Gib mir das Wegrecht
über die Kornstiege zu deinem Schlaf,
das Wegrecht
über den Schlafpfad,
das Recht, daß ich Torf stechen kann
am Herzhang,
morgen.

Paul Celan

Saturday, October 12, 2019

DU'AA'S FOR FATHER


I

The trees are all dead, they died before the rain
and winter, and no one stopped to witness the faces
in the windows, none saw the passing winds
like souls going, only memories lingered
like past sensations, the way music prompts recall –
our father standing in the last orchard
of the world and holding out the apple
even love could not eat. There was a scream
in the flight of wild geese that restored the year,
all around the gloom echoes died and the trees
interred them – veins and nerves collapsed,
bones crumbled to dust, sounds were silenced,
while the silhouettes of the cursive branches
scribbled their absence into the gloaming.


II


You left on a silver wave of light
that the dawn turned grey. Who knew your end
was as close as the start of the dying year –
we took our shifts by the bed and we waited,
bells and crows, engines and exhausts said life
would go on though yours was at an end,
even the post arrived with more bills for you –
time stands still for hope though faith strays
into hope – you know who have waited for love
as it was a guest that never arrived, a father
never returned from war, or a promise unfulfilled,
like snowfall at the close of the year, a year
that dies without you, and whose end is buried
in the sad silent heart of a mute betrayal.
  

III


The cries of a sparrow pierced the morning,
magpies circled, a fox peered from his lair,
and a hawk hovered above the trees –
we found her where she had flown for cover,
impaled through the heart, her wings broken
and entangled, her blood curdling the berries –
You said, life going is the same life everywhere
and what was lost we all will lose.
The week before you died a sparrow flew
into the kitchen, circled wildly, slammed
into the window and fell lifeless on the sill.
When mother went to scoop the body away,
the bird suddenly stirred, righted herself,
and flew out into the cool autumnal morning.


IV


This is the psalter he carried on that fated voyage,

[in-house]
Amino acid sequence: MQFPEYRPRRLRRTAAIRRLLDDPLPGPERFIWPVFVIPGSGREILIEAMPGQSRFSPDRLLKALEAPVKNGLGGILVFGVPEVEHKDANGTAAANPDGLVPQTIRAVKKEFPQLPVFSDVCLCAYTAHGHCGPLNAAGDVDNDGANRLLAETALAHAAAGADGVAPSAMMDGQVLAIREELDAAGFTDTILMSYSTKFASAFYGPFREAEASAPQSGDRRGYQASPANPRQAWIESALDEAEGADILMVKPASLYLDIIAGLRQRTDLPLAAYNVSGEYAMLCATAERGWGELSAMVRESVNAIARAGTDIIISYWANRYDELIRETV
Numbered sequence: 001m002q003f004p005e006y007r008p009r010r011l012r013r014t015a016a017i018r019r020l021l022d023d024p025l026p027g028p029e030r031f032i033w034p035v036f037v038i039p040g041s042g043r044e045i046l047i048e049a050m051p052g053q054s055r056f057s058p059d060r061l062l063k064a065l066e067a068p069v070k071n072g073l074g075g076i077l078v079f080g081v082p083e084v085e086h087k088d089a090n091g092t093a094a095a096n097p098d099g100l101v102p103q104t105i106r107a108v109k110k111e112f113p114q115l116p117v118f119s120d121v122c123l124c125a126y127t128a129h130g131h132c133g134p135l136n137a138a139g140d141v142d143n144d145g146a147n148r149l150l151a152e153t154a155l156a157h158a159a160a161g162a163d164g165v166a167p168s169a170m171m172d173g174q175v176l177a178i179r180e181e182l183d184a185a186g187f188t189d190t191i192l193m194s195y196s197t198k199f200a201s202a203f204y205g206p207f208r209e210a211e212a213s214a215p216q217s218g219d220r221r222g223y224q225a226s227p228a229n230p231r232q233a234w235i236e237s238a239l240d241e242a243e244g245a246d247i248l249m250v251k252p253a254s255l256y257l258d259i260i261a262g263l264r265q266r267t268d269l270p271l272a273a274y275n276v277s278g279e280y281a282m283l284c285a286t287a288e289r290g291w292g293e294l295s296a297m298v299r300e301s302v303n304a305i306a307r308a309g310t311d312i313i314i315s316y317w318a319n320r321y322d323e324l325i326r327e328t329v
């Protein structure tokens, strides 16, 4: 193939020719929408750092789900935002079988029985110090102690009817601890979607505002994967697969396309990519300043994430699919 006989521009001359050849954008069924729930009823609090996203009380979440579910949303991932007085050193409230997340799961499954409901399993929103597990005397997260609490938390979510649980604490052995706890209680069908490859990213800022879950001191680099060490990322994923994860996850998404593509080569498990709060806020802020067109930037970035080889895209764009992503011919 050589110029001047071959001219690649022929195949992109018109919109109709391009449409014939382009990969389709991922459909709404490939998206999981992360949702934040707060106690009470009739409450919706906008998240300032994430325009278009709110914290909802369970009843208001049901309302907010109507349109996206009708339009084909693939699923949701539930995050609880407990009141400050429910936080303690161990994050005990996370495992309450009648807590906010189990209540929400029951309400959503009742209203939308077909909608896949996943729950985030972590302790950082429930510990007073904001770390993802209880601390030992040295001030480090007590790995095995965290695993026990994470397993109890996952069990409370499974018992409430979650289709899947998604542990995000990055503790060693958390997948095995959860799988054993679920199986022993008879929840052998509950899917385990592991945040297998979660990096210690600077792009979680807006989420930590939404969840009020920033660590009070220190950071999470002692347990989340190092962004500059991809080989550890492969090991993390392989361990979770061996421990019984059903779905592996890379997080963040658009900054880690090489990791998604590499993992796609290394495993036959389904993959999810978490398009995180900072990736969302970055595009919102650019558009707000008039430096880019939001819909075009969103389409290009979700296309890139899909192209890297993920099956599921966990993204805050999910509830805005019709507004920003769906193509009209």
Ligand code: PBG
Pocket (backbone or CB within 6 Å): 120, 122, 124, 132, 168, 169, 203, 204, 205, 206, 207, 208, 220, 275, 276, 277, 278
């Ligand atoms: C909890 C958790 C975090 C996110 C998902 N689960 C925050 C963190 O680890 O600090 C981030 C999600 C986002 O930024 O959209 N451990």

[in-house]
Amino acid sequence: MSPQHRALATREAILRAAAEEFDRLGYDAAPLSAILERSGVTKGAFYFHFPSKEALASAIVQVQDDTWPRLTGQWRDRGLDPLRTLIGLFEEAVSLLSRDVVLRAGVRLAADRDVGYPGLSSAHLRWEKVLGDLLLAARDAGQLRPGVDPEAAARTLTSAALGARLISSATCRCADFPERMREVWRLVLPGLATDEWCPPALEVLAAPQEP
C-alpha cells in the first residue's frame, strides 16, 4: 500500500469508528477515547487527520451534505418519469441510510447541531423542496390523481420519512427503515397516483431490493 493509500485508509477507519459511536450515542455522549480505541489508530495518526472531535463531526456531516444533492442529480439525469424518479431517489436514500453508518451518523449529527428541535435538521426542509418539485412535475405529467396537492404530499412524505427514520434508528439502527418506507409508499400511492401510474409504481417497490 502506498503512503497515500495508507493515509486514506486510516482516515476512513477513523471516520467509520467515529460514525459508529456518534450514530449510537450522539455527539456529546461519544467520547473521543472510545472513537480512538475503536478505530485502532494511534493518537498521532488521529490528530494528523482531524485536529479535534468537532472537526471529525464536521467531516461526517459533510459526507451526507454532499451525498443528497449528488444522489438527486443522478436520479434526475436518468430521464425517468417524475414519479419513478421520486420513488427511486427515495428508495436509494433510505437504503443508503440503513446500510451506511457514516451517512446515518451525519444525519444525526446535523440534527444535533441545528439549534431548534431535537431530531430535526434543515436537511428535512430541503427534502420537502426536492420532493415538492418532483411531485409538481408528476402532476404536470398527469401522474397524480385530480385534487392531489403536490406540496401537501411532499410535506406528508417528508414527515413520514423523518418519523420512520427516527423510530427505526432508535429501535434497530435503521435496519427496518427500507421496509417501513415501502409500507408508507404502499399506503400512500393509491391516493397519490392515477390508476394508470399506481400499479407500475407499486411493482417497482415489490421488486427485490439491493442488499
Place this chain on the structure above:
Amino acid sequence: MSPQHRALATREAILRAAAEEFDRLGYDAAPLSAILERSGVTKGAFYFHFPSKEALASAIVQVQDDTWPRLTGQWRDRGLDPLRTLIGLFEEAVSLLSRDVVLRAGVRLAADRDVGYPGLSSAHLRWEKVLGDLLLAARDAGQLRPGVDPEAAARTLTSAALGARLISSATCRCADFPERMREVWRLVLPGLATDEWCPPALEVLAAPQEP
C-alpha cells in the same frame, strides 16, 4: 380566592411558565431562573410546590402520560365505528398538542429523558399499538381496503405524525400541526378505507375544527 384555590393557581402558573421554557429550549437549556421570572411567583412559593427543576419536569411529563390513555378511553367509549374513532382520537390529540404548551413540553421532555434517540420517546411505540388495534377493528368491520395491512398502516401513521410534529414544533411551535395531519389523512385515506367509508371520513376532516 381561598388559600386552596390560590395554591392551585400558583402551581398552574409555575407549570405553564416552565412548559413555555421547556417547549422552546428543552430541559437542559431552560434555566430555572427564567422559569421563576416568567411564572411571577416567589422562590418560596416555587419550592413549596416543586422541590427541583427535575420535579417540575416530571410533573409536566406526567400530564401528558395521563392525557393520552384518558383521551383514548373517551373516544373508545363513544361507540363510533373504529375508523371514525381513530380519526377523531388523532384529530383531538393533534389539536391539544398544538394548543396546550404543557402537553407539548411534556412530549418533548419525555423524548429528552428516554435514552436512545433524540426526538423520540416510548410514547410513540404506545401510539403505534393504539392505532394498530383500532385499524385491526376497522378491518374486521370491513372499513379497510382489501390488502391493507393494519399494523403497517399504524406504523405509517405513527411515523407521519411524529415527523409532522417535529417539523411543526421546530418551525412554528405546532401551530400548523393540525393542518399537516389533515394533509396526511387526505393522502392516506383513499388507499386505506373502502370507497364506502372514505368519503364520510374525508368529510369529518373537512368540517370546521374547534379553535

bitter brine from the Atlantic lashed the deck,
as he stood by the bow and prayed for land,
gazing out to sea and humming psalms into the night –
Off Nova Scotia the waves raged against his passage
and many died … what he took from the land
it never recovered, your name, our patronymic,
a generation destined to die far from the tribe,
buried instead at some wild frontier having caved
there to an alien sickness: story is, delirious,
he walked out onto the plains and never returned –
In those last days you caressed an old sepia photo
of him and bade us read from his psalter,
the only relics to survive that misadventure.

  
V


That last week you cried a lot and saw
your mother, long dead, at the foot of the bed.
‘Mammy is coming to take me home,’ you said –
Visions and ghosts hovered like memories,
the past returned and crowded the room, people,
voices, the old tongue, ballads, prayers, and delirium,
and soon we were all gathered by your bedside,
but then it was too late for talk and comforts.
Five Septembers have passed since that morning
and we are all scattered again … what happened
to your ghosts? We can still hear your voice in ours,
your high-pitched nasal screams, and your crooning –
This morning the Adhan called out of another time,
but it was your voice that awoke me to prayer.

Sunday, September 8, 2019

DEATH OF THE APIARIST


The red arses went apeshit in our jam jars,
their buzzed-out bodies droned in a frenzy,
electrocuting the glass in our hands,
which we dropped in shocked terror
at the delirium we had trapped within.

You were the epitome of those summers,
as if their joie de vivre was your birth right –
you owned and pocketed the green shadows
that came and went like shape shifters
to clot the honeycombs of our days.

There are no photographs of our escapades,
those wild safaris in your cloistered fields:
the explorations, the surveys and discoveries
are more indelible now, as if encased in amber,
like the memory of a crepuscular light.

When you finally succumbed to the cancer,